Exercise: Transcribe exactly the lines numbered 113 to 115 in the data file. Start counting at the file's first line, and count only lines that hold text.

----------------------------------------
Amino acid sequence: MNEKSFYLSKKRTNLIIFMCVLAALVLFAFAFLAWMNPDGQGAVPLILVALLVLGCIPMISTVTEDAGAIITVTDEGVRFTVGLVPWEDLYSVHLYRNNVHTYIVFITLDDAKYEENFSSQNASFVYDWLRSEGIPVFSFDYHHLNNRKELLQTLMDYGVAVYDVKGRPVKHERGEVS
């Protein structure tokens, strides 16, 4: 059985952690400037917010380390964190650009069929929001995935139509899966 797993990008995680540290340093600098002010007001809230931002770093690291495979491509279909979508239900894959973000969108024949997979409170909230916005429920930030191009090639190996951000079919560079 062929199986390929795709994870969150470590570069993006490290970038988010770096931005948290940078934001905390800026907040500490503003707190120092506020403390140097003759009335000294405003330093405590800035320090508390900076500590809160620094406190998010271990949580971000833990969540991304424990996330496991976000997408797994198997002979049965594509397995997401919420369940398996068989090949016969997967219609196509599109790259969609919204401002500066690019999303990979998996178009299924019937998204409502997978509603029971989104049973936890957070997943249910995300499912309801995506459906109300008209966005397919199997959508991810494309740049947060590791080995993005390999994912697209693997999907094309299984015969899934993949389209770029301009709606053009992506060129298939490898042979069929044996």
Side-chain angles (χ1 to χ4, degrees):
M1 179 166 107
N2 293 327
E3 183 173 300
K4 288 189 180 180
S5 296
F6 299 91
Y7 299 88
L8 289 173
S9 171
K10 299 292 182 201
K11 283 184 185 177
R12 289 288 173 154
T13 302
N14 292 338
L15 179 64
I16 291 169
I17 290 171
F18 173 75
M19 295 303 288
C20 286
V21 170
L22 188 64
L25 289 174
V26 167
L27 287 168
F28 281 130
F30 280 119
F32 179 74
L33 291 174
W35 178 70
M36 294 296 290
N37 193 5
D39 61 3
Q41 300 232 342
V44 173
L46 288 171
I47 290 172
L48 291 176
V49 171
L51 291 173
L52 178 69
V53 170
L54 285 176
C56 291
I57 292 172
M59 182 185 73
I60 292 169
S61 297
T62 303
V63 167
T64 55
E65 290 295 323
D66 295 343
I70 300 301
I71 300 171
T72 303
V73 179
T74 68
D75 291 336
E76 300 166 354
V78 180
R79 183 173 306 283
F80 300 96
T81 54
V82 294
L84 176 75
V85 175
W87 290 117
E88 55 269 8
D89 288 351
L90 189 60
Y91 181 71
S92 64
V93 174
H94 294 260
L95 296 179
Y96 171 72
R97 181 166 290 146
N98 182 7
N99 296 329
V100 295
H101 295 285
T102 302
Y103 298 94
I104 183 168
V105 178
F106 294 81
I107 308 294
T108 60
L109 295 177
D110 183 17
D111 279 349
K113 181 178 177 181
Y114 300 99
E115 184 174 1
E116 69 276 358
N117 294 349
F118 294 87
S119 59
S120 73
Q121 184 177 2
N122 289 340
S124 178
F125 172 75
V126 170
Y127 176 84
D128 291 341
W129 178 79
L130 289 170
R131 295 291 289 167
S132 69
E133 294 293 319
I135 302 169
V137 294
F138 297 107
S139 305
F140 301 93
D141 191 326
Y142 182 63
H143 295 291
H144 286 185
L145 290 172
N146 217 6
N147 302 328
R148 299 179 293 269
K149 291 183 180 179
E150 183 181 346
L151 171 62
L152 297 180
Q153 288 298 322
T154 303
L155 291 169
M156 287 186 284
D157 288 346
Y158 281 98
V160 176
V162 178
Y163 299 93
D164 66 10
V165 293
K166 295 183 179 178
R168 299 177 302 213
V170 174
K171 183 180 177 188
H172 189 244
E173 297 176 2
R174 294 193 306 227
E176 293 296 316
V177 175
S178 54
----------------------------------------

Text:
R131 295 291 289 167
S132 69
E133 294 293 319